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Bala Heritage Conservation District
Intent of the Heritage Conservation District Plan
Bala Heritage Conservation District Statement of Cultural Heritage Value: Why is Bala important?
The combination of built features, streetscape, open space and natural landscape elements within the study area is the result of human intervention on the Muskoka landscape. Elements within the study area are physical remnants or reminders of the various developments and themes in Bala’s history, including aboriginal use, early settlement, the timber industry, tourism and seasonal residency, and transportation. There are a relatively small number of built features in the study area, and the types are limited to vernacular structures and bridges.
The built features and streetscape/landscape/open space character of the area is interrelated to the natural environment, having been shaped by it, and also by having shaped it. Views of Muskoka Lake, the Moon River, the North and South Falls, rocky shorelines and vegetation are available from several locations within the study area. The character of the area is representative of the Muskoka Area, but also unique to the community of Bala in the precise location and configuration of water, land, and human-made elements.
The character of the study area has already been recognized for having cultural heritage value or interest. Four properties within the study area have been designated under Part IV of the Ontario Heritage Act (Portage Landing [Burgess Island] on the Moon River, the Shield Parking Lot, the Township Dock on Lake Muskoka and the Burgess Memorial Church) for their physical or design values, historical or associative values, and contextual values. The twin stem Silver Maple Tree on Burgess Island and the White Pine grove in Margaret Burgess Park have been nominated for designation as Heritage Trees under Part IV of the Ontario Heritage Act.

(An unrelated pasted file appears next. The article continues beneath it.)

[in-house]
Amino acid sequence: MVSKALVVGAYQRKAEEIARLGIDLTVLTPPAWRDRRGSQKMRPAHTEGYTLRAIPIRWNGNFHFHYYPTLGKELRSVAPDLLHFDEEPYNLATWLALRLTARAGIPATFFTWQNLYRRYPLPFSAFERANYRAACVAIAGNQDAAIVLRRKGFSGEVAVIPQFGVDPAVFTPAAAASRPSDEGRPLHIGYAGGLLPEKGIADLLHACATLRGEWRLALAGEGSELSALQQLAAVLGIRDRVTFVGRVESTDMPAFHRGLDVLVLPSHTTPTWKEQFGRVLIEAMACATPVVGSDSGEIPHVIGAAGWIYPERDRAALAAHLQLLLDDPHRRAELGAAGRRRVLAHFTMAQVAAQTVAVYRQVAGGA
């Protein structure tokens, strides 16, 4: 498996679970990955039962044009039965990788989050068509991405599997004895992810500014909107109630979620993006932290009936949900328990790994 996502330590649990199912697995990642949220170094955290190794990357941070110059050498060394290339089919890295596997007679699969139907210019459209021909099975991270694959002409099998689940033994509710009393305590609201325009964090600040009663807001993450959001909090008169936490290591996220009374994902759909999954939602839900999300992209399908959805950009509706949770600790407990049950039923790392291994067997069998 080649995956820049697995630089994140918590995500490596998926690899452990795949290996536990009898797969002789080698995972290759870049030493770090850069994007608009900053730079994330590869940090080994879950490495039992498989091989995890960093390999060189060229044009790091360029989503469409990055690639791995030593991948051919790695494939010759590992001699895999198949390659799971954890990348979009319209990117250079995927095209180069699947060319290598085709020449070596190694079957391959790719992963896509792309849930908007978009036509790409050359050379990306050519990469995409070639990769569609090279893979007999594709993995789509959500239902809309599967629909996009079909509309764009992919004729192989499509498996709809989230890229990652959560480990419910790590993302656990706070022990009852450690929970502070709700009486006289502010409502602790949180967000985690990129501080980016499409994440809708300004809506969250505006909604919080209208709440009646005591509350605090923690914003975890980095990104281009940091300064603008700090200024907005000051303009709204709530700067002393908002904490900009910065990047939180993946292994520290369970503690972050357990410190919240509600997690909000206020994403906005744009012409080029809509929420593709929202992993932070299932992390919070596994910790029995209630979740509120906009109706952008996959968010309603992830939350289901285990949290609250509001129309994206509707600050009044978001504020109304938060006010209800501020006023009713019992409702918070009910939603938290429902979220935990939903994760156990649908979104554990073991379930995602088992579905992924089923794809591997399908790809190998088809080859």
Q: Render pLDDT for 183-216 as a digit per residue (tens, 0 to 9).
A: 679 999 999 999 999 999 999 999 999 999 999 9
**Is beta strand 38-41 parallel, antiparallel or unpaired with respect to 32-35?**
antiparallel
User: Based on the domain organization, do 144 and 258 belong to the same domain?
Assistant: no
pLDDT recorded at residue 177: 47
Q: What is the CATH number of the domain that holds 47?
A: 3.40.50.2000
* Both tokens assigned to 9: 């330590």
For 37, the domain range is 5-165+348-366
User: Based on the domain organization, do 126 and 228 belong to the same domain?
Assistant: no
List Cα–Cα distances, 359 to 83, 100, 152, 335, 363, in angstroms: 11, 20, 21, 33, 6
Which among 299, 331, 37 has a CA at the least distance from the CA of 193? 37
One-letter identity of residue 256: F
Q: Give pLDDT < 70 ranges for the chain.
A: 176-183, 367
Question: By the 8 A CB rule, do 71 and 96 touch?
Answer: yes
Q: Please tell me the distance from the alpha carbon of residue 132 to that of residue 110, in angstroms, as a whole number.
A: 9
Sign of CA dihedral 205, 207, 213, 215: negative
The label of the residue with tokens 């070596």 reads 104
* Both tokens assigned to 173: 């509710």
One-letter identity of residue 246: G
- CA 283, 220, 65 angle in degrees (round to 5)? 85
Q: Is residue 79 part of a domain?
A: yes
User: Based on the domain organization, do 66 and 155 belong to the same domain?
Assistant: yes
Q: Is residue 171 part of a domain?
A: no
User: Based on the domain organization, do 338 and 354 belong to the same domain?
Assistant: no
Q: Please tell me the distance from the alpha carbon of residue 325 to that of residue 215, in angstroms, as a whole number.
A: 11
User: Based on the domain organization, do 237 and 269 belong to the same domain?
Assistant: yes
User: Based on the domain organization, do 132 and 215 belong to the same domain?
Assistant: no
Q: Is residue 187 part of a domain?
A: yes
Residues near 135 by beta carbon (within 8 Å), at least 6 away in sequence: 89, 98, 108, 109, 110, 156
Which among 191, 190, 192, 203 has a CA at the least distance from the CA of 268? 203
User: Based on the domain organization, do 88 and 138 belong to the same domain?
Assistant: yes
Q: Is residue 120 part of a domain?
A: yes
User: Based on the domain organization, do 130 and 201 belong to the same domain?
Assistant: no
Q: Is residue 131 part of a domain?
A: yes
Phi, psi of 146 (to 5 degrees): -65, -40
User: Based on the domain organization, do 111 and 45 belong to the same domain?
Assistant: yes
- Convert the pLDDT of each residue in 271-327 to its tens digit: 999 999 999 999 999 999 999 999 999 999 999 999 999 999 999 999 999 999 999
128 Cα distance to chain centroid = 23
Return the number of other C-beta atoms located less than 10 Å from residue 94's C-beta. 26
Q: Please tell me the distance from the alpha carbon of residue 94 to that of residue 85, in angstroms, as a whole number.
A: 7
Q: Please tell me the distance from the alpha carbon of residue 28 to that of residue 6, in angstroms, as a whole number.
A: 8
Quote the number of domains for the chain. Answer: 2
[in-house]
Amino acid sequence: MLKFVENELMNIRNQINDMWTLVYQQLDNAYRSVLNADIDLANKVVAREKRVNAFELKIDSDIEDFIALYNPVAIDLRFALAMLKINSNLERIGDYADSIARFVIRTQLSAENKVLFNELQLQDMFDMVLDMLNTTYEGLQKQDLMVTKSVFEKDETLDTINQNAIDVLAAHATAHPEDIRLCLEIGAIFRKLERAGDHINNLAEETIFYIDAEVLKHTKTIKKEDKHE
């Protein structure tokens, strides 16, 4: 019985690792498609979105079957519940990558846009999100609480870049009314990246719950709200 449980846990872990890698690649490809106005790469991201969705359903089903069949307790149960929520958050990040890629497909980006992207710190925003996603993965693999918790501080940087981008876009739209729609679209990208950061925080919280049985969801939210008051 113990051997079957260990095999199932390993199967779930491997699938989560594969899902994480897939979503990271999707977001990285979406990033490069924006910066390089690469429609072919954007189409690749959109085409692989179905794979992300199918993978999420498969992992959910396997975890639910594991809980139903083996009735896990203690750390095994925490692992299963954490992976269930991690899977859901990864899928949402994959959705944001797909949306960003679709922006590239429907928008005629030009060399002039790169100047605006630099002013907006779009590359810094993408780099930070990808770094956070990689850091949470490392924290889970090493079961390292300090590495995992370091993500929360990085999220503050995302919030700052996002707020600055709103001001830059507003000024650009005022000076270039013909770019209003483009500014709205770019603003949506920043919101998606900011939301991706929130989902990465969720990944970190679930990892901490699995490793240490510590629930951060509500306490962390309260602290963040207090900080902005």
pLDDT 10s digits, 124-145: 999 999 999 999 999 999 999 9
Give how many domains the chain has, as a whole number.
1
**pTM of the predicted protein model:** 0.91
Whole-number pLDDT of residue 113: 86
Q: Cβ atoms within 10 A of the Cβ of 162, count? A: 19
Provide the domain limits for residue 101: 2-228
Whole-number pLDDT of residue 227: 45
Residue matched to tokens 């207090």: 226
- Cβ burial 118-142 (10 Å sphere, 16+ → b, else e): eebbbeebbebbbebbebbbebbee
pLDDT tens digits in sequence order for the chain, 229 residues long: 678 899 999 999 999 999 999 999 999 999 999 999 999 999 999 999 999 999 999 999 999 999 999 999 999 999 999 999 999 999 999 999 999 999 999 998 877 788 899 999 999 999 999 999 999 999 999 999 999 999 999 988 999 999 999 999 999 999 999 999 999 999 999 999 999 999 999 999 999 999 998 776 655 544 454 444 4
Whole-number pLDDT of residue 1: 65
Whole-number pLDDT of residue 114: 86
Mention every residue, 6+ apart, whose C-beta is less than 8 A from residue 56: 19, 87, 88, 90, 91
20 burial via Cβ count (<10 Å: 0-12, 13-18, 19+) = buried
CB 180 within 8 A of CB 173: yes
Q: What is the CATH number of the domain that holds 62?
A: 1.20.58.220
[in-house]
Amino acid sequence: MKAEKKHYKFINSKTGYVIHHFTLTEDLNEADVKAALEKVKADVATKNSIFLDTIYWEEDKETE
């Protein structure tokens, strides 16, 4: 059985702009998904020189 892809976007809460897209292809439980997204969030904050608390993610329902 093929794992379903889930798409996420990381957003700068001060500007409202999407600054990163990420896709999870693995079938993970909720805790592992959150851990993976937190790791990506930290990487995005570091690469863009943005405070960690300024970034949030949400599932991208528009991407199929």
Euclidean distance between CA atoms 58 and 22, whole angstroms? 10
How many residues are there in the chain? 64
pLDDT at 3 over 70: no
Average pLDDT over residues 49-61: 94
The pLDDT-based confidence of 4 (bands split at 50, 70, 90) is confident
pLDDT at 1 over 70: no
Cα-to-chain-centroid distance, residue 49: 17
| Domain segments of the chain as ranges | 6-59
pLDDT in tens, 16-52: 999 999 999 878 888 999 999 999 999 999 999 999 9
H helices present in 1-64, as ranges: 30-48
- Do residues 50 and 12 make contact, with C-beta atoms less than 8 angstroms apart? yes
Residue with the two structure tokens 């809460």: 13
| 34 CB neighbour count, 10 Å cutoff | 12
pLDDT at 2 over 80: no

Physical elements of the study area have changed and will continue to change over time. Many built resources from Bala’s early history have been removed or modified, but have been commemorated and continue to be valued by the community. The associative values of the study area, experienced by views to the lake, river and falls are an important component in maintaining the character of Bala. Human desire to experience the landscape (both natural and human-made) has been well articulated since the Romantic era, where elements of the ‘sublime’ and ‘picturesque’ in the landscape captivated the human spirit, and provided outlets for contemplation, spirituality, recreation and relaxation. These values became translated to the Canadian ‘wilderness’ in the 19th and 20th centuries, where the experience of nature and naturalized features was valued for its beauty and restorative power, and the northern landscape became a symbolic interpretation of the Canadian frontier. These elements contributed to the historical development of Bala as a tourist and recreational location, and continue to characterize the study area for present-day residents and visitors.
Description of heritage attributes
There are a number of different values and interests in any given heritage conservation district, and these values and interests often vary greatly amongst different districts, making each heritage conservation district a unique area that requires its own tailored management approach. The following sections describe the overall intent of the Bala Heritage Conservation District Plan and how it is intended to be used.
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